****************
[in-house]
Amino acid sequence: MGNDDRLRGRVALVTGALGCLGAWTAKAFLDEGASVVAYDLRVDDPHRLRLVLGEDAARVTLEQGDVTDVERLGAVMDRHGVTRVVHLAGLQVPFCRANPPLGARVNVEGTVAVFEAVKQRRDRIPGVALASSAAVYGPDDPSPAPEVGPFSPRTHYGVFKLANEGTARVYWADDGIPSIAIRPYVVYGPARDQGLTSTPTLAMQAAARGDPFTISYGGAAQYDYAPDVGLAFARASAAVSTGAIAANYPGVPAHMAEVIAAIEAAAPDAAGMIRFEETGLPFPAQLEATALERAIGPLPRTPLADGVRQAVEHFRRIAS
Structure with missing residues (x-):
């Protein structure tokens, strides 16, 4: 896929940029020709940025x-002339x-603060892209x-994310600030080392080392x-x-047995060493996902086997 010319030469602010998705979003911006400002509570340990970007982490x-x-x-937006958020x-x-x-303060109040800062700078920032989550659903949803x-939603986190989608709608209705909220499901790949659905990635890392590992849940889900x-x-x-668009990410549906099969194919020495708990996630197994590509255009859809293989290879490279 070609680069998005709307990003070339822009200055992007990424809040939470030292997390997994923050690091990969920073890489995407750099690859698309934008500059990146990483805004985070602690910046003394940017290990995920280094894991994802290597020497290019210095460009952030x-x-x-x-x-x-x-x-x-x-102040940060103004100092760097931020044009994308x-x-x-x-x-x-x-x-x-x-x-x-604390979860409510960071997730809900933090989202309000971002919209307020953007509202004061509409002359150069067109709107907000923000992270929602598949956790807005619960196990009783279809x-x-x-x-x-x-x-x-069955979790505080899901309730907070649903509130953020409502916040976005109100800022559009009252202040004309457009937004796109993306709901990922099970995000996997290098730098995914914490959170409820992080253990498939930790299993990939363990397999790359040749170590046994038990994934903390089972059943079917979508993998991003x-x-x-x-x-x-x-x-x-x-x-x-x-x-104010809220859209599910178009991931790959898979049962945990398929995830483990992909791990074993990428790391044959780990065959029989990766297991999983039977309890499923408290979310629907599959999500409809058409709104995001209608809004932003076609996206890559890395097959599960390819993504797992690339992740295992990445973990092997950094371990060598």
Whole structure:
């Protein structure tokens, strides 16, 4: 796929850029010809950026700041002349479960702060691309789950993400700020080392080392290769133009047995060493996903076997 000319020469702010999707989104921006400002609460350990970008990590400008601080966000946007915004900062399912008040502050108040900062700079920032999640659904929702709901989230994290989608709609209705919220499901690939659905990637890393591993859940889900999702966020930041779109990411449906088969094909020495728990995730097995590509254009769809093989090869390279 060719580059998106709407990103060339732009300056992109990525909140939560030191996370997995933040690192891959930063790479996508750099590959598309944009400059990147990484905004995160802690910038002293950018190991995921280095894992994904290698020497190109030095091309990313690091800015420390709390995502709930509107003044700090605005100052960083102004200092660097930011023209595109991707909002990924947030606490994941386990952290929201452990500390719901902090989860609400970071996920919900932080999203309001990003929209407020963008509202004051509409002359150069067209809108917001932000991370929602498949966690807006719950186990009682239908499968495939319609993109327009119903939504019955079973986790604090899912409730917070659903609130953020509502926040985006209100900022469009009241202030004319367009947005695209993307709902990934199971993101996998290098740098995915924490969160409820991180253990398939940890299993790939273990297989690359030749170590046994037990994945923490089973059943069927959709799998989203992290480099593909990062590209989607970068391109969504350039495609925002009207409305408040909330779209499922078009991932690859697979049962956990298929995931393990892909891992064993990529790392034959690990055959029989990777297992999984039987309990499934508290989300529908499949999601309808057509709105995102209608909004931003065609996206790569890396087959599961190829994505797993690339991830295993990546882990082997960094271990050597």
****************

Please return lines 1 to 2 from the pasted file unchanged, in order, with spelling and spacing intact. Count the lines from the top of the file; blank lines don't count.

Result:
[in-house]
Amino acid sequence: MGNDDRLRGRVALVTGALGCLGAWTAKAFLDEGASVVAYDLRVDDPHRLRLVLGEDAARVTLEQGDVTDVERLGAVMDRHGVTRVVHLAGLQVPFCRANPPLGARVNVEGTVAVFEAVKQRRDRIPGVALASSAAVYGPDDPSPAPEVGPFSPRTHYGVFKLANEGTARVYWADDGIPSIAIRPYVVYGPARDQGLTSTPTLAMQAAARGDPFTISYGGAAQYDYAPDVGLAFARASAAVSTGAIAANYPGVPAHMAEVIAAIEAAAPDAAGMIRFEETGLPFPAQLEATALERAIGPLPRTPLADGVRQAVEHFRRIAS